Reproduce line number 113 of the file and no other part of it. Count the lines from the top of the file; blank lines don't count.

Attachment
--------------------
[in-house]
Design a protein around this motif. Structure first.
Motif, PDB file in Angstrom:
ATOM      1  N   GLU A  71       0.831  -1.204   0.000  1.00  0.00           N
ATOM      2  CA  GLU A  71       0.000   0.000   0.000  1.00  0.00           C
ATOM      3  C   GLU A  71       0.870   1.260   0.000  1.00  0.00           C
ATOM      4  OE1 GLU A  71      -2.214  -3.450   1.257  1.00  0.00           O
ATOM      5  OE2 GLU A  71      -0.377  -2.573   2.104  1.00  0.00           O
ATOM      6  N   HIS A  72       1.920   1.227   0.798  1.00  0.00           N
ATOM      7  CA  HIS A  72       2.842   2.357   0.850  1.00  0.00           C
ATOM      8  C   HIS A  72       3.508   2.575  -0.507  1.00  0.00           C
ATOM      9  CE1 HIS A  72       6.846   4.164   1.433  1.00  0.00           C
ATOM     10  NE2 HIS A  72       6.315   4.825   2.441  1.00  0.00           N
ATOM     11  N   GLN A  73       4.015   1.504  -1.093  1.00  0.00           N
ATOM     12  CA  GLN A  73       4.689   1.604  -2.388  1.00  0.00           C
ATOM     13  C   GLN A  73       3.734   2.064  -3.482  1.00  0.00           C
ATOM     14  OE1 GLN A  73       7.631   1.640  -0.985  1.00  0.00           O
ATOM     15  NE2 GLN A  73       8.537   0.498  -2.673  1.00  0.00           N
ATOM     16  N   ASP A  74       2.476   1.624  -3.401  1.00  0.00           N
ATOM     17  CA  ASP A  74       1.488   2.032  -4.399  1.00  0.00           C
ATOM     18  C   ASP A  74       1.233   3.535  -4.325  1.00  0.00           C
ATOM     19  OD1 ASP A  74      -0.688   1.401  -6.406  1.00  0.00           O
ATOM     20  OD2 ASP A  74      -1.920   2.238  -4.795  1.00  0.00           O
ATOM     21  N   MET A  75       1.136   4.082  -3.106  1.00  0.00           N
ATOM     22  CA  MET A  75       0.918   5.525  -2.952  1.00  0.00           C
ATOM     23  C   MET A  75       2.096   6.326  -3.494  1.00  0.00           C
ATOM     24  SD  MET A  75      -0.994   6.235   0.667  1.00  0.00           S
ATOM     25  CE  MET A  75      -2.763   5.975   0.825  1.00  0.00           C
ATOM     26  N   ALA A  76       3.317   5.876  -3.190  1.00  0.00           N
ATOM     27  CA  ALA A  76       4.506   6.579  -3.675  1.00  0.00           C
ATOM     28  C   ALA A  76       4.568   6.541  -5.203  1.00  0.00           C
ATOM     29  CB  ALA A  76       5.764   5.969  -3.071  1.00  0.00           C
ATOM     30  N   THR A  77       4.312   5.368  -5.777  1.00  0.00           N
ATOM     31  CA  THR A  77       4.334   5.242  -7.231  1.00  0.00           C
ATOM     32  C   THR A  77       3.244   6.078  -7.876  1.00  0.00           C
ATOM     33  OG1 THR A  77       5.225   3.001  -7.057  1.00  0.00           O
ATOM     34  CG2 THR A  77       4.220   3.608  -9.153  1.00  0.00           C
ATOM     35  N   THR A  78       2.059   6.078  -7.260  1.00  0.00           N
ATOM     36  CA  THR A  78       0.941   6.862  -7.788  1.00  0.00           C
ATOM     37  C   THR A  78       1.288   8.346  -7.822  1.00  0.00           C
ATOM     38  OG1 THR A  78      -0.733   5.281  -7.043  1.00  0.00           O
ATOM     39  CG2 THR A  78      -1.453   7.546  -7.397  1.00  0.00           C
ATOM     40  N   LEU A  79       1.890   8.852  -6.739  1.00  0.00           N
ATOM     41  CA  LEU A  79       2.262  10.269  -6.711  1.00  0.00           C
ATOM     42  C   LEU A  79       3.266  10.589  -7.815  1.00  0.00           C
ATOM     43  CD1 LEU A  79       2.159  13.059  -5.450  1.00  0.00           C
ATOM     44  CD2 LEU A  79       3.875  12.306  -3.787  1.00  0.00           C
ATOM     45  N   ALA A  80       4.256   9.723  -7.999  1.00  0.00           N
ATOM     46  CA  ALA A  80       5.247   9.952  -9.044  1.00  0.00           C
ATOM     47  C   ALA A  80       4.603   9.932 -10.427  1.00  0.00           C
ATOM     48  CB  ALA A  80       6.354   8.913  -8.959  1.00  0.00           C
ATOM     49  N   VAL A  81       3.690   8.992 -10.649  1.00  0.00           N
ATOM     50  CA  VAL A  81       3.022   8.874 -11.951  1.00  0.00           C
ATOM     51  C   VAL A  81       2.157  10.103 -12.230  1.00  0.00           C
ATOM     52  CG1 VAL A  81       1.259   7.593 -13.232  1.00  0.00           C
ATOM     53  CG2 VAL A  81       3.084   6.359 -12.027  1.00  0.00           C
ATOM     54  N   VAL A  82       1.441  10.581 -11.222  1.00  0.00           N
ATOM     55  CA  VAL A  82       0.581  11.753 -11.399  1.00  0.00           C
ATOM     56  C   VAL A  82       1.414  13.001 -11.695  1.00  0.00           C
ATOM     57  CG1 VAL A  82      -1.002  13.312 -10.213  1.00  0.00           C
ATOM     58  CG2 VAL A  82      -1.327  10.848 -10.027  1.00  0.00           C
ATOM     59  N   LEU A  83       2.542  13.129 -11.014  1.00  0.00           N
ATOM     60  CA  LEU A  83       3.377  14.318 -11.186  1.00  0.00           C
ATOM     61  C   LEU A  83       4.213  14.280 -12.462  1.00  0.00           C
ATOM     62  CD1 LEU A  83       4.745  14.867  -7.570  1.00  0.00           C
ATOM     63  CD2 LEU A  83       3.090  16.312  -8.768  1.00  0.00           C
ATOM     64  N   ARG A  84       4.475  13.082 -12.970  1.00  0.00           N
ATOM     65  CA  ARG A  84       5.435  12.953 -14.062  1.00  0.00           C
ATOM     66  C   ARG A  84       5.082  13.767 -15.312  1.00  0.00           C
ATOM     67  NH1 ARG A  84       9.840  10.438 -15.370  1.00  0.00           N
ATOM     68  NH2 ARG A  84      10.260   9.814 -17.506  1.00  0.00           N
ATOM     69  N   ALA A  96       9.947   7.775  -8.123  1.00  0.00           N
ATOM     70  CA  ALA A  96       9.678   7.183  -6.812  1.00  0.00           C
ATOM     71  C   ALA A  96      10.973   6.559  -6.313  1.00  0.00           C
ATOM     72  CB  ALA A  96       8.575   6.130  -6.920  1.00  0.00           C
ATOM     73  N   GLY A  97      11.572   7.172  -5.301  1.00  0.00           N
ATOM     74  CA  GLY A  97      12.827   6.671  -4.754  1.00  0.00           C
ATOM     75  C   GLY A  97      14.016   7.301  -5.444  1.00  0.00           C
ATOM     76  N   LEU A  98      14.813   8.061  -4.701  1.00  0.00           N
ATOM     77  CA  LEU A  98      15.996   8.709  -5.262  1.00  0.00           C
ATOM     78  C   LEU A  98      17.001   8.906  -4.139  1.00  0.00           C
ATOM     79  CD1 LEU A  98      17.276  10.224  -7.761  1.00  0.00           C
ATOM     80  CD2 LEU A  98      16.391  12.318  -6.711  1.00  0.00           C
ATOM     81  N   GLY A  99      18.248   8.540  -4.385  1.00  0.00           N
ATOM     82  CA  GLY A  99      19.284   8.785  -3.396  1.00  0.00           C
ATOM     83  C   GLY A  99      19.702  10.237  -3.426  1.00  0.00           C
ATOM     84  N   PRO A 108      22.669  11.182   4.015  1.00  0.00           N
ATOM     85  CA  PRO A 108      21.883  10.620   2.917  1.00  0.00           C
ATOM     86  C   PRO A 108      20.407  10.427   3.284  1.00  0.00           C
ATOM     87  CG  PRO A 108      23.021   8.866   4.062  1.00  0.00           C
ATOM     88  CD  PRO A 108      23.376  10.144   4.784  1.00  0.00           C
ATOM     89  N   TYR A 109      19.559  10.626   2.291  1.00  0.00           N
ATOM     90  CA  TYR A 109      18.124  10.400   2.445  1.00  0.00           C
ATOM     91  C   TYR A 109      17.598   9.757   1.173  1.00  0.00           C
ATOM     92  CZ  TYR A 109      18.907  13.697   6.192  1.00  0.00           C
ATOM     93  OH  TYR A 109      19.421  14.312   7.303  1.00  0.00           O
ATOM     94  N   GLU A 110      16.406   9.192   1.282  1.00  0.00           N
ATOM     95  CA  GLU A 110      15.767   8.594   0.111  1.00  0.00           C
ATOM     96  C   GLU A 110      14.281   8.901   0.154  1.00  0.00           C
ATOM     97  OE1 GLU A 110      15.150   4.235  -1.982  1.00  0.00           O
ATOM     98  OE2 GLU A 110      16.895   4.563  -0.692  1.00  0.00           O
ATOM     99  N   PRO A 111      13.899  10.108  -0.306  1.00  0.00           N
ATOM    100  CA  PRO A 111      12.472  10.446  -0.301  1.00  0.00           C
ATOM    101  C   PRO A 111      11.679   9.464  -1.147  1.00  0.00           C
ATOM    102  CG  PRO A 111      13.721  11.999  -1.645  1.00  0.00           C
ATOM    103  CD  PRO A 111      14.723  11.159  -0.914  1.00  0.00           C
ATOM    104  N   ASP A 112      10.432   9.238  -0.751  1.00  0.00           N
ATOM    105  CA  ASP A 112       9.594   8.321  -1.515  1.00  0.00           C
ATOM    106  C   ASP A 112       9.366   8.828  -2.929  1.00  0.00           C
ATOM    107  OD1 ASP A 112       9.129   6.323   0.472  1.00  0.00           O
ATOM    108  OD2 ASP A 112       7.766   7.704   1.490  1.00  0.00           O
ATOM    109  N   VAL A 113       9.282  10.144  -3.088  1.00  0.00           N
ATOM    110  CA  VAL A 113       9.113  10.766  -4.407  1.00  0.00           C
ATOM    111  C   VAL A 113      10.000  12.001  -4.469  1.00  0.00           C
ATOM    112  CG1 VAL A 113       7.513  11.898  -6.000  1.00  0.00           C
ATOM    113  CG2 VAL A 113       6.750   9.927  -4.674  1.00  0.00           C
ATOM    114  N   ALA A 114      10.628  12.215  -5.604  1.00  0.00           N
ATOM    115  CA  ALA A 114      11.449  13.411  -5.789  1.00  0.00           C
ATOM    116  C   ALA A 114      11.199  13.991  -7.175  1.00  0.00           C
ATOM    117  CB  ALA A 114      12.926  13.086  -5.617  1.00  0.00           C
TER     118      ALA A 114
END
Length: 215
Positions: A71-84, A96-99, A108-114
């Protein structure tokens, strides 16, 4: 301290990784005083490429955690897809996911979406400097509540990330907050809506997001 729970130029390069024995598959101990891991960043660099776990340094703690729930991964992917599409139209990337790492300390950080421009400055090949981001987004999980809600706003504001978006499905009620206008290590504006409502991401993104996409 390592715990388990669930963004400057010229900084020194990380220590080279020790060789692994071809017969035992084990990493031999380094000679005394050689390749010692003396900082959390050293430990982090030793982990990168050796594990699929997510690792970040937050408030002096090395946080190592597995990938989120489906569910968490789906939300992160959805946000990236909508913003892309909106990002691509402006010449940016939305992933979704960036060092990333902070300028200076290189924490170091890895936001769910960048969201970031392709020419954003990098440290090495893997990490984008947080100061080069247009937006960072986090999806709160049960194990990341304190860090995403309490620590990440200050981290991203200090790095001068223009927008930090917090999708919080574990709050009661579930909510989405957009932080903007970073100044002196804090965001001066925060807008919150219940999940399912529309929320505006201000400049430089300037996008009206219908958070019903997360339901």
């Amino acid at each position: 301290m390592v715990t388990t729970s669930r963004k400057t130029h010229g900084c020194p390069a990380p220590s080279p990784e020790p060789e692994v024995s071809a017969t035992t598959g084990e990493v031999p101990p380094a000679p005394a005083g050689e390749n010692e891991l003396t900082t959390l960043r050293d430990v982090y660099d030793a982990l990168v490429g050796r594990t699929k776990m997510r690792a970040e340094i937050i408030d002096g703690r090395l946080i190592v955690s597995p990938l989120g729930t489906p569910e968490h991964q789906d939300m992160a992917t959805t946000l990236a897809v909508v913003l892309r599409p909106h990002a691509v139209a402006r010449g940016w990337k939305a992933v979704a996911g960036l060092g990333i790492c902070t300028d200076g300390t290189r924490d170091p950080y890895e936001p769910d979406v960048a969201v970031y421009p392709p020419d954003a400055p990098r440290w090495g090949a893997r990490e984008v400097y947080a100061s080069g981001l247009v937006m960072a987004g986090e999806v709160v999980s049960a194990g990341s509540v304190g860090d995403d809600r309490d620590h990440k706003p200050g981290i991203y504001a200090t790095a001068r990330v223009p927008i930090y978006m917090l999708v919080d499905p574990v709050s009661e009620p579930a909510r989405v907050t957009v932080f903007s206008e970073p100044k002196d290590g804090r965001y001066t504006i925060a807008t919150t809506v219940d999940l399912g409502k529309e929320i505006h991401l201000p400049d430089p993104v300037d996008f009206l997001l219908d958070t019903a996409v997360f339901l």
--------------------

ATOM    110  CA  VAL A 113       9.113  10.766  -4.407  1.00  0.00           C